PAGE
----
December marks the hundreth year of the birth of Mulk Raj Anand who lived to a ripe age of nearly 99 years. And who in his life time strode the Indian arts stage, literally like a colossus!
I had the good fortune to come into contact with this multi-faceted great Indian who inspired countless fellow Indians to so many good and great acts. It seems destiny plays its part in our lives! I first met Mulk face to face on the Marina sands in 1953/54 when Mulk Raj Anand was already a familiar name for me and I went to hear him speak on some occasion. As he was rushing through the sands after finished speaking I went and asked him for autograph or other. He embraced me in his arms and said some things I forgot. In my SSLC class we had a short story of his, The Lost Child, and that might be the beginning of my love for Mulk. I bought his first book, Untouchable, in its hardcover edition at the Midland theatre’s book stall! Can we imagine such bookstalls today?
Then ,of course I might have bought many of his books, to his last days.
If not for anything else, Mulk would be remembered for this one side of the human character alone. In this he was like Mahatma Gandhi whom he admired all his life and he was a tireless narrator of the Gandhi anecdotes when he went to live with the Mahatama in the Wardha ashram. So, the one who was willing to be converted was asked to do this or that work and when Mulk submitted his manuscrip on the “Untouchable” novel, Gandhi promised to read it. When the time came for it, Mulk was curious to know the advice on the subject, the irrepressible old man told blandly Mulk:”Cut down the bulky volume to hlaf the size and remove all bombastic words!”
So was born the classic that made Mulk’s name immortal. It is now in the world classics series and must have went through innumerable reprints. But the very first novel went through a mind-breaking rejection of 17 times! Before it found a small publisher.
So, I recall the day when I went to Mulk to tell him that I was going to England and I intend to get my book published in London! I knew him by that time many years for I was a regular visitor to his 25,Cuffe Parade residence whenever I was in Mumbai and that was often in the early 80s.By the time I was about to go to England he had become very close to me, to our family in fact for I invited him to Chennai once for a visit and he stayed with us for three days. So, those were the days when we became so close to the great man, a great soul whose dynamic energy almost transformed us into worthy human beings. He had that rare inner power to transform people.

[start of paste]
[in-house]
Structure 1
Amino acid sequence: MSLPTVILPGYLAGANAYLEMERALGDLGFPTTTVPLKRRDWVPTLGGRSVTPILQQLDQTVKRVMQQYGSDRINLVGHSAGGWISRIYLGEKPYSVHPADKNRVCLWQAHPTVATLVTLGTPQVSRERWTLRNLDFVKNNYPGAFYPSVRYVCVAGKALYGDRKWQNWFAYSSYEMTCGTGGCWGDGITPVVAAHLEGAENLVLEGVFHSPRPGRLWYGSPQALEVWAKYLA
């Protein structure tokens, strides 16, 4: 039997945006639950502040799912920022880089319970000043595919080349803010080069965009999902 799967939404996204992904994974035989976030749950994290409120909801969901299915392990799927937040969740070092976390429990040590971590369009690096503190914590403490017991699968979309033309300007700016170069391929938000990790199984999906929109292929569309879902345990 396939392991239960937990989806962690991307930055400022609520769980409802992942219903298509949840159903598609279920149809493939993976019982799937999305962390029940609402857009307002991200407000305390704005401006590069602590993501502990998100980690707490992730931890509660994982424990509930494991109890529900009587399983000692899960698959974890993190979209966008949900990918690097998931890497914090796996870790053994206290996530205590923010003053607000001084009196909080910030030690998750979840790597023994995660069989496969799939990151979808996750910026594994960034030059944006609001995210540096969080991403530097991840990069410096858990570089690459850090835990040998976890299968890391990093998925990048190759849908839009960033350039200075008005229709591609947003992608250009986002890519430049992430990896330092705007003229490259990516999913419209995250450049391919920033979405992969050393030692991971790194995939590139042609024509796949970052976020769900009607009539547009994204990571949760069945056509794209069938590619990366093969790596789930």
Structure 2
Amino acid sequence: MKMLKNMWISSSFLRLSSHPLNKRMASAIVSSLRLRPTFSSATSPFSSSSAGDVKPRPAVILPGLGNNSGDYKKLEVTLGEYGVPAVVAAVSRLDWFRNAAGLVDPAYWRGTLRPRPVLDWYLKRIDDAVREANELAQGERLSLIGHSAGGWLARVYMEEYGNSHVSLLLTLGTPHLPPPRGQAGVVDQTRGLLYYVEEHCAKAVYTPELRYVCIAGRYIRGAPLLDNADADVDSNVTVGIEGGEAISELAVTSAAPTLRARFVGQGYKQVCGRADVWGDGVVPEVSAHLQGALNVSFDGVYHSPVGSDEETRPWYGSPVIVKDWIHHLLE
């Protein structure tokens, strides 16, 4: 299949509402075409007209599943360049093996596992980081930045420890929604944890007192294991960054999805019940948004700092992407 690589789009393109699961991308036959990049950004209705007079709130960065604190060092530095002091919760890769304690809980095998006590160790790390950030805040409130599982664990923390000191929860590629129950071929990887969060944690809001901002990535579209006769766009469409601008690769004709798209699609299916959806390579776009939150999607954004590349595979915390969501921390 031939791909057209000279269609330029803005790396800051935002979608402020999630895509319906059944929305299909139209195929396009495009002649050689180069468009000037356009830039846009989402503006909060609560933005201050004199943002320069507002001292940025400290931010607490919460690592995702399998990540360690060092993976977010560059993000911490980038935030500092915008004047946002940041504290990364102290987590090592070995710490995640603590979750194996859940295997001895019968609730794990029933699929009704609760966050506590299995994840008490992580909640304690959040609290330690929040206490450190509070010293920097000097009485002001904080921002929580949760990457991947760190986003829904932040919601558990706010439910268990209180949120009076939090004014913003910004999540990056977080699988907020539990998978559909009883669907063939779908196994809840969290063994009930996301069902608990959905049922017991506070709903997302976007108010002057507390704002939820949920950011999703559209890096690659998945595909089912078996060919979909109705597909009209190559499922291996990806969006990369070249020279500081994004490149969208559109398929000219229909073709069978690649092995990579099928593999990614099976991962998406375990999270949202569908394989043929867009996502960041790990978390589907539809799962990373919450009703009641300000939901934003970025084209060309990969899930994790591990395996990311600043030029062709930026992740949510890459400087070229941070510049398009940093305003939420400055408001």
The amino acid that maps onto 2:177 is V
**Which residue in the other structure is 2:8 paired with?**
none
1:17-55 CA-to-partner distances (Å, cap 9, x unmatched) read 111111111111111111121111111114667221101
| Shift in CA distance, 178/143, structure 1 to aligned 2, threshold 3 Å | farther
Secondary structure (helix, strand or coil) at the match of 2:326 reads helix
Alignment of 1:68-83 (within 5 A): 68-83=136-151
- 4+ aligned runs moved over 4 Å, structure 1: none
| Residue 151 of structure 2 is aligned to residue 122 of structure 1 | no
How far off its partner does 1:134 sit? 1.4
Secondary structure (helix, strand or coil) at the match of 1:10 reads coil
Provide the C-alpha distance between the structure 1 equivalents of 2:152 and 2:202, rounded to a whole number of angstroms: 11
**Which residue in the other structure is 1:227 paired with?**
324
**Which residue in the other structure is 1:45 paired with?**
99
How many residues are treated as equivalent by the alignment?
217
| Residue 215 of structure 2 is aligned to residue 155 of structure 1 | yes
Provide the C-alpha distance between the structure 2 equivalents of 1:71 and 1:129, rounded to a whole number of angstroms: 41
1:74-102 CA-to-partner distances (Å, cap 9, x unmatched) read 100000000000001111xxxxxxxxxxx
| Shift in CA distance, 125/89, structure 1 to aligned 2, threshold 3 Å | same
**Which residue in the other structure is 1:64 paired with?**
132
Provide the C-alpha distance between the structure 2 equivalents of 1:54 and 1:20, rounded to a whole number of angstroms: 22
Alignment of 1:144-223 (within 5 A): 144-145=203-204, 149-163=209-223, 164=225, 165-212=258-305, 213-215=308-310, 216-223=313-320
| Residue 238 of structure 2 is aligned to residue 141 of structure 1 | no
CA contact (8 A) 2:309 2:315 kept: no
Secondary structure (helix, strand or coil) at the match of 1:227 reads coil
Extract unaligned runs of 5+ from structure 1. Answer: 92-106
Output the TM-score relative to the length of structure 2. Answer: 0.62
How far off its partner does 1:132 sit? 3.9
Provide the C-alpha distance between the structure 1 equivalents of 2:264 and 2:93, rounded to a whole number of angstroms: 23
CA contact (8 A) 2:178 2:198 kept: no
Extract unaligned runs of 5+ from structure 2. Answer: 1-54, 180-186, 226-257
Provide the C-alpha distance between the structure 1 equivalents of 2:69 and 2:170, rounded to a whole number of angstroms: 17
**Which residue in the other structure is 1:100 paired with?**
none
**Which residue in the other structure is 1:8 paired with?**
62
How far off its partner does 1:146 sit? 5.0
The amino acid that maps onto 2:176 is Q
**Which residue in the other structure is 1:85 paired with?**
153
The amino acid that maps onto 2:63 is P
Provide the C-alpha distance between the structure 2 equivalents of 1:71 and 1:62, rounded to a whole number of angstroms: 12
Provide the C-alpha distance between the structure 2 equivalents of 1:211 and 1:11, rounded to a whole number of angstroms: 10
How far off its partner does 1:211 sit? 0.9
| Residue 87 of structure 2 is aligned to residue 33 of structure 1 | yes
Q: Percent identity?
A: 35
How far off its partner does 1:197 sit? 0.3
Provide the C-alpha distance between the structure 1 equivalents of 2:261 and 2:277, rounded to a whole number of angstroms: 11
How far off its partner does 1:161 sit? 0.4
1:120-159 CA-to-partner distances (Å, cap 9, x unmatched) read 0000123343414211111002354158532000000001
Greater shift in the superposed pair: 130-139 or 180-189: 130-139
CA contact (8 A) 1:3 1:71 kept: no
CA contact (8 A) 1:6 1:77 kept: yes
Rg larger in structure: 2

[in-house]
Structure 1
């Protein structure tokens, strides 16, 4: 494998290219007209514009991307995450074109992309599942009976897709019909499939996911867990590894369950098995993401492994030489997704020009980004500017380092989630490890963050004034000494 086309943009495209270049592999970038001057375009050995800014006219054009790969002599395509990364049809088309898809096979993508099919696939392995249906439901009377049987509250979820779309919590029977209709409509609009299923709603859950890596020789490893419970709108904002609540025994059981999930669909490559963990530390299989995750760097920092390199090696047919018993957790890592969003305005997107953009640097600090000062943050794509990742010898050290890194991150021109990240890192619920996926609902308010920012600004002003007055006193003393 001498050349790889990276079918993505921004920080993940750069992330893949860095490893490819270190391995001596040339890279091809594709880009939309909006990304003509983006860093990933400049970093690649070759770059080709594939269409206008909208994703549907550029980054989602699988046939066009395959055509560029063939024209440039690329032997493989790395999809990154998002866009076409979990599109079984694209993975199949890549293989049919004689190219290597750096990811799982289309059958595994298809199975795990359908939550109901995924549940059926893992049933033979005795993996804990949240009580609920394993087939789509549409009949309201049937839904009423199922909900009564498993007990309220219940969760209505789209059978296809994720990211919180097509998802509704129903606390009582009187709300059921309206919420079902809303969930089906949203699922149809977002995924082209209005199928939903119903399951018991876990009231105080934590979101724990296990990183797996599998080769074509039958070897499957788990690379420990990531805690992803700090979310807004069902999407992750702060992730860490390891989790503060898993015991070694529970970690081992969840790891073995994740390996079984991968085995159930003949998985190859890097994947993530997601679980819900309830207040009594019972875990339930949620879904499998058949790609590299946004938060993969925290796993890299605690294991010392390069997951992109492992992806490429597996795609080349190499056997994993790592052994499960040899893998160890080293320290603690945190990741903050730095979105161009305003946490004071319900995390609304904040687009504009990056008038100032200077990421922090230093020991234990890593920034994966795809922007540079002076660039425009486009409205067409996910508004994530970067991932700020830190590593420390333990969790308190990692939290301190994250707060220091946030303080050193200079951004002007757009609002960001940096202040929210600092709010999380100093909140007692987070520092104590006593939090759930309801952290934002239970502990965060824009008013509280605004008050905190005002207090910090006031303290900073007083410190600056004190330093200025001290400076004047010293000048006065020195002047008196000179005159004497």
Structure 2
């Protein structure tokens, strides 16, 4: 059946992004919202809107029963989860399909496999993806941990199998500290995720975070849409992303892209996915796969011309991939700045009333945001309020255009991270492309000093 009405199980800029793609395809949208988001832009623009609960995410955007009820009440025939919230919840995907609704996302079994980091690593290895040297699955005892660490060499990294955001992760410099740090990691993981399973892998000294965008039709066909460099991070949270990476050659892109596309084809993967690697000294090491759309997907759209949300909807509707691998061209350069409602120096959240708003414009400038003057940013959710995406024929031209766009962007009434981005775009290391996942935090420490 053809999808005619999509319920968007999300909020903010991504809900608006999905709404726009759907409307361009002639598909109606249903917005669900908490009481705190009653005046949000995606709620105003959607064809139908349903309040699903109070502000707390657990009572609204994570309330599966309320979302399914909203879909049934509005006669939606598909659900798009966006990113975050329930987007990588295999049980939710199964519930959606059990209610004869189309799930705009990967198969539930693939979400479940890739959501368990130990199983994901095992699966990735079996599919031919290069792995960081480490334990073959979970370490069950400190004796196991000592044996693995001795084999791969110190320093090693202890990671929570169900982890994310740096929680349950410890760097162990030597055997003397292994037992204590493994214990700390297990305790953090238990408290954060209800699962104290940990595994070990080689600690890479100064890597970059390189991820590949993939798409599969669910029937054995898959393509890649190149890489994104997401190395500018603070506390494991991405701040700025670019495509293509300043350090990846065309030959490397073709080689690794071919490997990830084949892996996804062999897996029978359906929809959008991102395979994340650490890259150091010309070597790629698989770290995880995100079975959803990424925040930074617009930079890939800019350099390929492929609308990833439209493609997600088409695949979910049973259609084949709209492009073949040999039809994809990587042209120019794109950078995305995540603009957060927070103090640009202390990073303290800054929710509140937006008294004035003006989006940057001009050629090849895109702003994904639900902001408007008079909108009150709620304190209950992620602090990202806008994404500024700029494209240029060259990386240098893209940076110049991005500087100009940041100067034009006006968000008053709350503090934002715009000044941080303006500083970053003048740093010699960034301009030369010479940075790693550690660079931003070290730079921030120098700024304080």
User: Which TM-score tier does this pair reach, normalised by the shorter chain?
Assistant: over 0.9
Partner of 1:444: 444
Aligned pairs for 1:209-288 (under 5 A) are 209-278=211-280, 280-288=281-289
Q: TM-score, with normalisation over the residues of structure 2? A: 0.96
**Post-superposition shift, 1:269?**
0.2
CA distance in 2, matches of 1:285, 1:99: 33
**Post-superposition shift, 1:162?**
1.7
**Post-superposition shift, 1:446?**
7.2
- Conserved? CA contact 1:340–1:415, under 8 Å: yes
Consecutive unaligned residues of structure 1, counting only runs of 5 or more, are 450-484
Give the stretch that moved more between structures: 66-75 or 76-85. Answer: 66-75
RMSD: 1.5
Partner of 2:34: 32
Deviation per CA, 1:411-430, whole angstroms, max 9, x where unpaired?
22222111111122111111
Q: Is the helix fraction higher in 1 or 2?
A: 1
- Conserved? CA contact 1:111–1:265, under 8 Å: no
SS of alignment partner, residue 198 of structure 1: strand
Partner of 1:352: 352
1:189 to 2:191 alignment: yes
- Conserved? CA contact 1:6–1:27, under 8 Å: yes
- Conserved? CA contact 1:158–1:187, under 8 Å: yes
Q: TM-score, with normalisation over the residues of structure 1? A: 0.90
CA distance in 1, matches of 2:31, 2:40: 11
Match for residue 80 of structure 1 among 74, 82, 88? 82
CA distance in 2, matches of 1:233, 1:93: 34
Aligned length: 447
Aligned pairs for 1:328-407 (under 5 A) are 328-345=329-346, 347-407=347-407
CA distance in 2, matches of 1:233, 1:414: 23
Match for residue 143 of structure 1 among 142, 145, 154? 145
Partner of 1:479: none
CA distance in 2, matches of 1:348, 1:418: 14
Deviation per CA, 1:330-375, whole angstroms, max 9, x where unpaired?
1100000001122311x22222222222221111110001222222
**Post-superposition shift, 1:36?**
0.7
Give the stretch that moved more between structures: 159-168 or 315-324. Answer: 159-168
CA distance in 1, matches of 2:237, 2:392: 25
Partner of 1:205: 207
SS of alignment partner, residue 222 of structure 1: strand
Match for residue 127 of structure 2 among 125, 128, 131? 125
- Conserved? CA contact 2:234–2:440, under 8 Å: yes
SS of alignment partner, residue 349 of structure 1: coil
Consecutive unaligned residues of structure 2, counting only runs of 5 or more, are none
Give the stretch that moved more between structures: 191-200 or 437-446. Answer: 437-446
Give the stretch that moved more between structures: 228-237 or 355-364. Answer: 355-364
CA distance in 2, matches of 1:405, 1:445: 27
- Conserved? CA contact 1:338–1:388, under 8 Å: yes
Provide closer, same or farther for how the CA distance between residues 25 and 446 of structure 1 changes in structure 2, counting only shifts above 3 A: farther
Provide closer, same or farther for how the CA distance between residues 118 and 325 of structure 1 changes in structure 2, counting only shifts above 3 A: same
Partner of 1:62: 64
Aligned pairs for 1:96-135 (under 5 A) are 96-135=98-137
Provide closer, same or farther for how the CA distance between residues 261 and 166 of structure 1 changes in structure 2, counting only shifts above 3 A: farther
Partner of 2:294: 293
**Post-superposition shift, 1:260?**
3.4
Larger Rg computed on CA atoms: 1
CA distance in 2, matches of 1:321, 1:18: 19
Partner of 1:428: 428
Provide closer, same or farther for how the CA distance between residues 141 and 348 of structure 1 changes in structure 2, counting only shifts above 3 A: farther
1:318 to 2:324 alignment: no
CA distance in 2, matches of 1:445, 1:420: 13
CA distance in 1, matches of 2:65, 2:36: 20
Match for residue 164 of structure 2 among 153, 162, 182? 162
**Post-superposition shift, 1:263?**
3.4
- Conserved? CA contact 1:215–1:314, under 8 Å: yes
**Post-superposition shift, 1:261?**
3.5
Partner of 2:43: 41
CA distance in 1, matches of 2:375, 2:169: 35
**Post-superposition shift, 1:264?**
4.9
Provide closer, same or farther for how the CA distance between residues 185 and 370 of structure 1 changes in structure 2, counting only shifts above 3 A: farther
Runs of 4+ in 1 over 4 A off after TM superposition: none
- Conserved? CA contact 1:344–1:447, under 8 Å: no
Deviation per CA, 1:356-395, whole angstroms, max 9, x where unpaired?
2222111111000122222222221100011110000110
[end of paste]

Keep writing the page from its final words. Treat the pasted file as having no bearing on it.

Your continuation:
Whenever we were at the Cuffe Parade, he would ask us to do this or that small little helps, he would dictate or write himself tirelessly so many letters, big and small, big and small letters and I remember whenever I took leave of him he would thrust at least a bundle of letters to be posted at the nearest post box!
In this tireless energy and work and talk he was always assisted with love and attention by so many friends and companions. In particular I recall Dolly Sahiar who also helped him in publishing the Marg magazine, the bulky and expensive arts magazine he brought out with the help of the Tatas and also his devoted wife, Ms. Vajifdar and I am particularly grateful to them for their hospitality and so much of help and friendship.
So, back to my London visit and my intention to publish in London! Once he heard I was to approach British publishers, he flared up! He said instantly: “The British publishers? They wont publish you! They would publish material on India only if it is anti-India or slanted to serve their prejudices” He went on and on in this fashion! So, it proved to be. The British publishers of course want to make money and it is their intention to select what would sell. That wisdom dawned on me late and I have no regrets about the outcome of my publishing forays in London publishing district. It was after all a good education for me to know the London publishing ways, their literary agents who themselves are an interesting lot.